Updated March 19
All the elder support services on the Island are working around the clock to make sure that the Island’s elderly population has plenty of food and is safe and secure during the outbreak.
Many elderly and disabled people on Martha’s Vineyard rely on food distribution services because they either cannot leave their homes, or cannot prepare meals for themselves on a regular basis.
Organizations like the Councils on Aging, Healthy Aging MV, and Island Elderly Housing are considering ways to ensure a plentiful supply of food for the population that is put at the highest risk during isolation.
Paddy Moore is the chair of Healthy Aging MV. She says that the councils on aging are taking a proactive approach to dealing with food insecurity.
Moore said the Edgartown Council on Aging is the only one that has a public health licensed kitchen and chef, so they are working to provide food via a curbside pickup, and a delivery service for the Island’s most susceptible population.
All the elder service organizations on the Vineyard are running through their lists of members and seeking to add names to that list of people who weren’t originally being provided support.
Moore said the Up-Island Council on Aging receives food from the Greater Boston Food Bank, and the next monthly food distribution will be on March 27.
They have collected a mixture of dried, refrigerated, and canned goods to distribute.
According to Moore, Islanders have been calling in to offer their help in delivering food and running errands for the elderly population.
Moore said people should reach out to Island elder services if they are concerned about food insecurity, or if they know of someone who may be at high-risk.
“If you have a friend, a neighbor, or a loved one who you think might need support, don’t hesitate to reach out, whether they are a member of the council or not,” Moore said.
One issue Islanders face is getting their prescriptions in a timely fashion, an issue which Moore said will need to be resolved soon.
“If it’s possible for Conroy’s or other pharmacies to deliver. Many people have 30-day prescriptions,” Moore said. “We are going to need longer than that. Perhaps extend those from 30 days, to 60 or even 90 days.”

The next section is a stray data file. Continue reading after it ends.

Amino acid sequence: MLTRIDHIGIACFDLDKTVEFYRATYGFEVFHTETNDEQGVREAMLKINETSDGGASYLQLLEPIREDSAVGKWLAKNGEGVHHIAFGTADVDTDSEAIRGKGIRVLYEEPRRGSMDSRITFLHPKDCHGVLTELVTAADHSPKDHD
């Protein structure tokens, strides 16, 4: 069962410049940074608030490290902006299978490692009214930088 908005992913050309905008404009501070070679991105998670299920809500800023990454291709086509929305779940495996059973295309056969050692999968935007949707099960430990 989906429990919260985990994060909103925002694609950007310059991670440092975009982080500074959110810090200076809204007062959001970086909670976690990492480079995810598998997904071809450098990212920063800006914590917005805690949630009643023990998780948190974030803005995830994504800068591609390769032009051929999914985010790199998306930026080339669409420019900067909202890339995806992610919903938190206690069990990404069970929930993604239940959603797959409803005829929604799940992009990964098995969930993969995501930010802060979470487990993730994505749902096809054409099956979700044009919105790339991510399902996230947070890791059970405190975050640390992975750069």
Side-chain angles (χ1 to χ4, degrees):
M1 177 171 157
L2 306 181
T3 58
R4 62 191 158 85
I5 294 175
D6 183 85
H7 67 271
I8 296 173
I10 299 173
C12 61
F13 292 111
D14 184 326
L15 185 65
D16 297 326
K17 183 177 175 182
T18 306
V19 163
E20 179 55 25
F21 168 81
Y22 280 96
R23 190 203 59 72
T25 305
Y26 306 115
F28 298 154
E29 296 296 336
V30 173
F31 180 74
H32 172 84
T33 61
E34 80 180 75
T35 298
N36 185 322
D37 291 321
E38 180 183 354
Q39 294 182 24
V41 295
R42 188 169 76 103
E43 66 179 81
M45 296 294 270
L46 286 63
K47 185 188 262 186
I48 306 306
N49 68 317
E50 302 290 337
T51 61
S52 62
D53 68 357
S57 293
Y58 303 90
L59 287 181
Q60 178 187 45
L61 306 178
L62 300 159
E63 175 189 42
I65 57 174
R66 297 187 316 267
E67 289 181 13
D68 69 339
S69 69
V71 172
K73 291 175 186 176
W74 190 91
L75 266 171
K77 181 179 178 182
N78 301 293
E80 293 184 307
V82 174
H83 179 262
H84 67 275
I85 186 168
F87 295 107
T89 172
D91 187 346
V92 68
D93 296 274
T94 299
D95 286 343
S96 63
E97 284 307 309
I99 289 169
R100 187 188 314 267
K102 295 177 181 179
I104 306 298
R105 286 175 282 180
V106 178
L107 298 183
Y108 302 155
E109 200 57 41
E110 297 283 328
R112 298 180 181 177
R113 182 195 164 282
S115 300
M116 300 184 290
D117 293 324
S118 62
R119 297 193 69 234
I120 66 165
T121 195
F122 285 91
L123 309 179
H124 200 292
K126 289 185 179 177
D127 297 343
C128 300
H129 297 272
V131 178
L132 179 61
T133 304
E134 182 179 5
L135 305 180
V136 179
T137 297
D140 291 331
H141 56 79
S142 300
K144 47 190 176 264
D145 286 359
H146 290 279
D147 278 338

This issue may necessitate a conversation with the Martha’s Vineyard Hospital, Moore said.
Soon, Moore hopes to have a central phone line set up for those who wish to volunteer, and another number for those who are in need of support.
Greg Rollins of the Edgartown Council on Aging said that if anyone is in a tough situation, they shouldn’t wait to call in.
“Anyone who needs food, we are still going to be producing meals and giving them out to people,” Rollins said.
On Thursday and Friday, the council will participate in a town wide telecommute rehearsal, which will prepare town entities in the event that they are required to work from home.
During that time, the council will still be doing deliveries, and will divert all calls to employees’ cell phones to answer questions and speak directly with members of the public.
After that time period, Rollins said things are still quite uncertain.
“Everything changes from day to day. Our plan yesterday is totally different from what we are doing today,” Rollins said. “What happens after that rehearsal, it’s just too early to tell.”
Even if the council is forced to shut its doors, Rollins said there will still be safety nets available for those who need food.
“While in-house stuff gets put on hold, that just means outreach will be intensified,” Rollins said. “This town has dedicated staff to meet the needs of the people.”
Updated to correct information about restaurants providing food support. — Ed.